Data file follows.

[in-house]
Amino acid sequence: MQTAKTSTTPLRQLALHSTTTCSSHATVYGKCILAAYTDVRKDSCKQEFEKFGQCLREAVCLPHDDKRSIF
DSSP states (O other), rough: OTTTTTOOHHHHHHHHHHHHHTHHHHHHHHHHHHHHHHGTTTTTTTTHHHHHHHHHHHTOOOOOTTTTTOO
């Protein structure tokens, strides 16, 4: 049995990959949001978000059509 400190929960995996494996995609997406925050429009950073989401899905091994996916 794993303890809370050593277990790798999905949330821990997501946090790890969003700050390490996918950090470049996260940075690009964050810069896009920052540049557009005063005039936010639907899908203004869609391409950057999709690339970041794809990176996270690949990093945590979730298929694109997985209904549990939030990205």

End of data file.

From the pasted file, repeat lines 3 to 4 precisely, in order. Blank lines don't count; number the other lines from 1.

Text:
DSSP states (O other), rough: OTTTTTOOHHHHHHHHHHHHHTHHHHHHHHHHHHHHHHGTTTTTTTTHHHHHHHHHHHTOOOOOTTTTTOO
């Protein structure tokens, strides 16, 4: 049995990959949001978000059509 400190929960995996494996995609997406925050429009950073989401899905091994996916 794993303890809370050593277990790798999905949330821990997501946090790890969003700050390490996918950090470049996260940075690009964050810069896009920052540049557009005063005039936010639907899908203004869609391409950057999709690339970041794809990176996270690949990093945590979730298929694109997985209904549990939030990205």